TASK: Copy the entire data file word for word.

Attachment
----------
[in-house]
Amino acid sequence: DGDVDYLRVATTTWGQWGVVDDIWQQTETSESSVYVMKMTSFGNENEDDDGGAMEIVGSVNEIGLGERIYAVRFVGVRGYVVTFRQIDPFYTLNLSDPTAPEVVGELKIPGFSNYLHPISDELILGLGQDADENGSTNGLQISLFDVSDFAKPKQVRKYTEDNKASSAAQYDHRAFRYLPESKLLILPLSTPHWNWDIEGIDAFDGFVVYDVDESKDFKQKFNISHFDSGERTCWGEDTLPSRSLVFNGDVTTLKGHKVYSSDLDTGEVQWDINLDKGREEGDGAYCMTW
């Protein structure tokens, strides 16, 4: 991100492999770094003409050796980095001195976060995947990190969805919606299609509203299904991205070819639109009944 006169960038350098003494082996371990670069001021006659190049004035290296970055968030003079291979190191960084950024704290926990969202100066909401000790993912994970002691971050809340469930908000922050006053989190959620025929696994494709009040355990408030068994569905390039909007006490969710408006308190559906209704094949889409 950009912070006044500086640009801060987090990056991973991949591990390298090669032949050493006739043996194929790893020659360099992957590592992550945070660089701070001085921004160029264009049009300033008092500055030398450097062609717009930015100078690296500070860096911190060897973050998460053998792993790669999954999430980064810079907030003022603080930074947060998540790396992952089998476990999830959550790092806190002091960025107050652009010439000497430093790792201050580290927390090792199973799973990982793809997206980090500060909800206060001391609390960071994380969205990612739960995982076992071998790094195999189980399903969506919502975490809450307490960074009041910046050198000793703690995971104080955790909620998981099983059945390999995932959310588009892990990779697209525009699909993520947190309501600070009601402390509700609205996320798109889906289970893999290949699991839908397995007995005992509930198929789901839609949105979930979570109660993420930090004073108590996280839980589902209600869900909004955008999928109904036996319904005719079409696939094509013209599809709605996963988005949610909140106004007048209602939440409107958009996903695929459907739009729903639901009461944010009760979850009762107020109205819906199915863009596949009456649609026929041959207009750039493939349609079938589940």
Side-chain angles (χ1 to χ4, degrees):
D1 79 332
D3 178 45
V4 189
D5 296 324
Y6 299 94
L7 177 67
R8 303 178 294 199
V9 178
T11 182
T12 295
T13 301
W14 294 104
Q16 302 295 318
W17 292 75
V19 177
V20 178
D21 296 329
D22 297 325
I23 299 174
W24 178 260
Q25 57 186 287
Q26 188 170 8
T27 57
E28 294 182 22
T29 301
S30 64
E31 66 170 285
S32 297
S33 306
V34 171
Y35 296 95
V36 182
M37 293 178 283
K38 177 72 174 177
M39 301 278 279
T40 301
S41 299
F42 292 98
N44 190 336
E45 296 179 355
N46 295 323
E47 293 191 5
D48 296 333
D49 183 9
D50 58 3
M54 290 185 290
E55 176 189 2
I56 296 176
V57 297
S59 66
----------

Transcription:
[in-house]
Amino acid sequence: DGDVDYLRVATTTWGQWGVVDDIWQQTETSESSVYVMKMTSFGNENEDDDGGAMEIVGSVNEIGLGERIYAVRFVGVRGYVVTFRQIDPFYTLNLSDPTAPEVVGELKIPGFSNYLHPISDELILGLGQDADENGSTNGLQISLFDVSDFAKPKQVRKYTEDNKASSAAQYDHRAFRYLPESKLLILPLSTPHWNWDIEGIDAFDGFVVYDVDESKDFKQKFNISHFDSGERTCWGEDTLPSRSLVFNGDVTTLKGHKVYSSDLDTGEVQWDINLDKGREEGDGAYCMTW
């Protein structure tokens, strides 16, 4: 991100492999770094003409050796980095001195976060995947990190969805919606299609509203299904991205070819639109009944 006169960038350098003494082996371990670069001021006659190049004035290296970055968030003079291979190191960084950024704290926990969202100066909401000790993912994970002691971050809340469930908000922050006053989190959620025929696994494709009040355990408030068994569905390039909007006490969710408006308190559906209704094949889409 950009912070006044500086640009801060987090990056991973991949591990390298090669032949050493006739043996194929790893020659360099992957590592992550945070660089701070001085921004160029264009049009300033008092500055030398450097062609717009930015100078690296500070860096911190060897973050998460053998792993790669999954999430980064810079907030003022603080930074947060998540790396992952089998476990999830959550790092806190002091960025107050652009010439000497430093790792201050580290927390090792199973799973990982793809997206980090500060909800206060001391609390960071994380969205990612739960995982076992071998790094195999189980399903969506919502975490809450307490960074009041910046050198000793703690995971104080955790909620998981099983059945390999995932959310588009892990990779697209525009699909993520947190309501600070009601402390509700609205996320798109889906289970893999290949699991839908397995007995005992509930198929789901839609949105979930979570109660993420930090004073108590996280839980589902209600869900909004955008999928109904036996319904005719079409696939094509013209599809709605996963988005949610909140106004007048209602939440409107958009996903695929459907739009729903639901009461944010009760979850009762107020109205819906199915863009596949009456649609026929041959207009750039493939349609079938589940």
Side-chain angles (χ1 to χ4, degrees):
D1 79 332
D3 178 45
V4 189
D5 296 324
Y6 299 94
L7 177 67
R8 303 178 294 199
V9 178
T11 182
T12 295
T13 301
W14 294 104
Q16 302 295 318
W17 292 75
V19 177
V20 178
D21 296 329
D22 297 325
I23 299 174
W24 178 260
Q25 57 186 287
Q26 188 170 8
T27 57
E28 294 182 22
T29 301
S30 64
E31 66 170 285
S32 297
S33 306
V34 171
Y35 296 95
V36 182
M37 293 178 283
K38 177 72 174 177
M39 301 278 279
T40 301
S41 299
F42 292 98
N44 190 336
E45 296 179 355
N46 295 323
E47 293 191 5
D48 296 333
D49 183 9
D50 58 3
M54 290 185 290
E55 176 189 2
I56 296 176
V57 297
S59 66